Currently, there are no tools to predict treatment outcomes for PTSD. Trauma-focused psychotherapies are the most evidence-based treatments for PTSD; however, only a minority of individual with PTSD pursue this type of treatment even though not seeking psychotherapy lowers the likelihood of recovery. Knowledge that patients would likely respond to psychotherapy would encourage them to pursue treatment. Developing a test that predicts a good outcome will encourage implementing PTSD psychotherapy skills in the community, allowing more patients to seek these treatments.
Despite many years of pioneering work studying the brain’s behavior and how it functions in individuals with PTSD, the field of psychiatry lacks objective measures for understanding the many different biological effects of PTSD (i.e., sleepless nights, spontaneous moments of panic, faltering memory, poor cognition, or erratic moods). As a result, there are no reliable ways to determine who will benefit from which treatment. Moreover, PTSD is incredibly heterogeneous; groups of symptoms, which help physicians diagnose PTSD, differ widely depending on which diagnostic test is used.
Establishing objective metrics to identify distinct, biological biomarkers of PTSD could provide the basis for targeted treatment and development of novel therapeutics. Additionally, grouping patients by expected response to psychotherapy can also support the use of these biomarkers as companion diagnostics in developing and testing new interventions.
CVB has teamed up with Stanford University to study clinical biomarkers and identify brain activity patterns – or neural signatures – in PTSD to help match patients to the most effective available treatment.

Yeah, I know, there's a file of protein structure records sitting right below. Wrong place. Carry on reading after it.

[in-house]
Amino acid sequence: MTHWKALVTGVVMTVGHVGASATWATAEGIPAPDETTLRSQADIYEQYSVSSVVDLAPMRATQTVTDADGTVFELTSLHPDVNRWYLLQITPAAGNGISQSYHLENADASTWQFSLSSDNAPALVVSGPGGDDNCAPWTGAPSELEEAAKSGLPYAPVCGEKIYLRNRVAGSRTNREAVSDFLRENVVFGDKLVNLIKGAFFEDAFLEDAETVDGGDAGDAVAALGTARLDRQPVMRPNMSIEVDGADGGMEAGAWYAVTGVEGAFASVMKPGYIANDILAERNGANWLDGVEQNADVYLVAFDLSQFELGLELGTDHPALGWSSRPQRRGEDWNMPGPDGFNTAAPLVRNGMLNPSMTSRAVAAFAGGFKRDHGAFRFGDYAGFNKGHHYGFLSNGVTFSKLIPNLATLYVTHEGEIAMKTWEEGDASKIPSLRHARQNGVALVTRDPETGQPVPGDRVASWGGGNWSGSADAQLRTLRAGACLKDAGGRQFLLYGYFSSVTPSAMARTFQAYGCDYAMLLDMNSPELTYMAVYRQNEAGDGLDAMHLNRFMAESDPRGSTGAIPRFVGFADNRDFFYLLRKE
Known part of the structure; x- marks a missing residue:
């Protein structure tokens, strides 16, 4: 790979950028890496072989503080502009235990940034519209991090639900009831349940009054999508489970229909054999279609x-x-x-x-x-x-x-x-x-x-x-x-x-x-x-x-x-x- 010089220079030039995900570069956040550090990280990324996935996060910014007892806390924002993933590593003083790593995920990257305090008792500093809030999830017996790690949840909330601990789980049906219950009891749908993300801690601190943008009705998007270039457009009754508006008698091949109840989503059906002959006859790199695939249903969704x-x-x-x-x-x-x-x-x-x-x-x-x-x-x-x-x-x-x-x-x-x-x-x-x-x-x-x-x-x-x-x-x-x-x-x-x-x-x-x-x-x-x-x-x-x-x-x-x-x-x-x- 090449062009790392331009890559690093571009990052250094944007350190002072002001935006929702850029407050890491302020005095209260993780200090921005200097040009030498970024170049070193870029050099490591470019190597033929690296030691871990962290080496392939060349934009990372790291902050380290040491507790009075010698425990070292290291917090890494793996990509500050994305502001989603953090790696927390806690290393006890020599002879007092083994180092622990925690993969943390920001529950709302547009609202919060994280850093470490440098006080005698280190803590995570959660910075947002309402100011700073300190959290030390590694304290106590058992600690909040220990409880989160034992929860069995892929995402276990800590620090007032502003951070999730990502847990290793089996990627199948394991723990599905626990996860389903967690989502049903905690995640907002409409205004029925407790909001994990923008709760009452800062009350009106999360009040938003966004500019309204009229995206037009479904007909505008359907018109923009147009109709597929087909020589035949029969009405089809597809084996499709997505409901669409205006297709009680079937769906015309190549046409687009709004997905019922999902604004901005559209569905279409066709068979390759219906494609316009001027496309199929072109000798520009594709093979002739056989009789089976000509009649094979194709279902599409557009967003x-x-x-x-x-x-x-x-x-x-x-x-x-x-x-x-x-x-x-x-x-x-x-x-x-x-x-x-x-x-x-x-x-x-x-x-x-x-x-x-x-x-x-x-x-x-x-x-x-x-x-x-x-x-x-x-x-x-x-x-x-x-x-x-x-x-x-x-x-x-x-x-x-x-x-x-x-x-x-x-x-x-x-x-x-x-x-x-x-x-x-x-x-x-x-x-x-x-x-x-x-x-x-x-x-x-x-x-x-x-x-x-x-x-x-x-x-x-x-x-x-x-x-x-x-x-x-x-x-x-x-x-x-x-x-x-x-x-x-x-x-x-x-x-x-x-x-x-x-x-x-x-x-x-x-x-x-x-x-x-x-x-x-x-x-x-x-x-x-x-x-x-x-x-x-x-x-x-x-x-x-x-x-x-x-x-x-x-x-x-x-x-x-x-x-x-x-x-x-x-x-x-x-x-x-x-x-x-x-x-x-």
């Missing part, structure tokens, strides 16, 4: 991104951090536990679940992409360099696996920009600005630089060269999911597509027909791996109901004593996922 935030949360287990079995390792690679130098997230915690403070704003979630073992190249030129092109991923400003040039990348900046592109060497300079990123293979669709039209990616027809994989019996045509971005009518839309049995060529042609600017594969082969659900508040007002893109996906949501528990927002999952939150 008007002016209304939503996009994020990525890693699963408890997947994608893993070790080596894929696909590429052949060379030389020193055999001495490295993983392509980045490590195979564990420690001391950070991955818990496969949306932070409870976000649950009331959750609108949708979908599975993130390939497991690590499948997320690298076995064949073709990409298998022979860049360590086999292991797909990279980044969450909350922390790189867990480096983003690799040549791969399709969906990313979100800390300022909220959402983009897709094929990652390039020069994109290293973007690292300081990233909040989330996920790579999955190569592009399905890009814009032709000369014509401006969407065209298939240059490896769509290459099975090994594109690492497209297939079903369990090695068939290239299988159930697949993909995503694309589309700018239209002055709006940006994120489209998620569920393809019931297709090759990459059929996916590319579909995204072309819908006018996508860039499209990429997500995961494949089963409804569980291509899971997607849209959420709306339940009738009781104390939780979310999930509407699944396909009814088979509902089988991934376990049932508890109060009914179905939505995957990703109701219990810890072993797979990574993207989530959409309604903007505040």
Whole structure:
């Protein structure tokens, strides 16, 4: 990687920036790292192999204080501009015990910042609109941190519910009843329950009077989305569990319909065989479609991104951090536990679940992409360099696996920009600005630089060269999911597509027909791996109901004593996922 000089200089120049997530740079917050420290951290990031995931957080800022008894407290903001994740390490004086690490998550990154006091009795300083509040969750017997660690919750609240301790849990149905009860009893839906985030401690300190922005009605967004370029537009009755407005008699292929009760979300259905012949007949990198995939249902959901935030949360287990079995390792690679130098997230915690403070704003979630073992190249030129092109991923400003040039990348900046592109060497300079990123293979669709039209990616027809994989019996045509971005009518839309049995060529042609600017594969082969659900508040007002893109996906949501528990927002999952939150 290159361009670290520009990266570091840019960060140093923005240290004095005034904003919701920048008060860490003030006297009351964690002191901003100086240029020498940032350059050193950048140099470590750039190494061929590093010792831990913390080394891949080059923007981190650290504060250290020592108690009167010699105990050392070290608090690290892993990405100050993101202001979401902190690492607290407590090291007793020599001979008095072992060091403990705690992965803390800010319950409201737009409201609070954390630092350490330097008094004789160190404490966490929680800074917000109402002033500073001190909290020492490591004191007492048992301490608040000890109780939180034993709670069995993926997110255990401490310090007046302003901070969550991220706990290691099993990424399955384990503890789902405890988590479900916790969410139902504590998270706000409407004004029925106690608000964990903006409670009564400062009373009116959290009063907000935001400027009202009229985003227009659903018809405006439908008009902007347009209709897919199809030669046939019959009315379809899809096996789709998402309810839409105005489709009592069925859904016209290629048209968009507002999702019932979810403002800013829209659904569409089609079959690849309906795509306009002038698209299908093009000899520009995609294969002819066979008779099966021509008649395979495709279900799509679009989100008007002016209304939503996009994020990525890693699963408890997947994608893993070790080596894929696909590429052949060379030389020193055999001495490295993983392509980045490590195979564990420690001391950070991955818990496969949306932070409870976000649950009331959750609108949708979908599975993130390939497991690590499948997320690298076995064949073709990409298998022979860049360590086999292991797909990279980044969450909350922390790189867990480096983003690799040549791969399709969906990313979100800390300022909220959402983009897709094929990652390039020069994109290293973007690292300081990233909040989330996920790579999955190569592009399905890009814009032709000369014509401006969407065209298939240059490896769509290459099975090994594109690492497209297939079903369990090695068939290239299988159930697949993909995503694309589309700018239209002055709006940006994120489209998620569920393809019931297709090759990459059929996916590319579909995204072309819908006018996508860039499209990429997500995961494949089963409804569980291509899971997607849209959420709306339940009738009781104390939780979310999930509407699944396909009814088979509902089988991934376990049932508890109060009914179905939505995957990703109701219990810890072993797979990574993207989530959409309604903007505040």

Amit Etkin, MD, PhD, Professor of Psychiatry and Behavioral Sciences at Stanford University, conducted a study to evaluate if PTSD ‘markers’ can help inform effective treatment decisions. By exploring both neural signatures of PTSD and differences in memory function using function MRI (fMRI) and cognitive tests, this study identified a novel method for disentangling the heterogeneity (variations) of PTSD by characterizing patient sub-groups. These findings provide objective evidence for predicting a patient’s response to treatment and will promote the transition from a subjective diagnosis of PTSD based on symptom report, to an objective diagnosis based on underlying biological causes. Findings from this study were recently published in the journal, Science Translational Medicine.
The BEST-PTSD study includes Veterans with PTSD who will receive either on-going cognitive processing therapy (CPT) or prolonged exposure (PE) therapy. The study will also include a control group of Veterans without PTSD to establish “normative” responses for brain and behavioral assessments. Further, BEST seeks to translate earlier findings using functional MRI (fMRI) to a more widely accessible form of brain scanning, EEG.
The Study is set to complete at the end of 2019. If successful, this brain biomarker will be the first of its kind for PTSD and may help accelerate the pace of discovery of effective treatments, leading researchers to a path for personalized medicine approaches and matching patients with the best interventions more quickly.
The next steps for this program will be to develop these brain biomarkers as diagnostics tests through the FDA Center for Devices and Radiological Health (CDRH) devices program.
Impact to Veterans
The Impact for Veterans is that a Response Diagnostic Test would be a Clinical Decisions Support Tool for their doctor to use in guiding the best treatment options for them.
“Our goal is to create a brain signature specific to an individual and then tailor treatment accordingly,” says Dr. Etkin. “Ultimately, we hope to have a clinic-ready tool that will dramatically change how we care for patients with post-traumatic stress.”
“Post-traumatic stress presents in patients in myriad of ways, which underscores the need for individualizing treatment,” says Magali Haas, MD, PhD, CEO & President of Cohen Veterans Bioscience. “Our collaboration with the talented team at Stanford will lead us one step closer to understanding the mechanisms underlying PTSD in specific individuals, which is critical if we are to develop diagnostic tests that can provide accurate diagnoses, new treatments, and tools to measure the effectiveness of a given treatment.”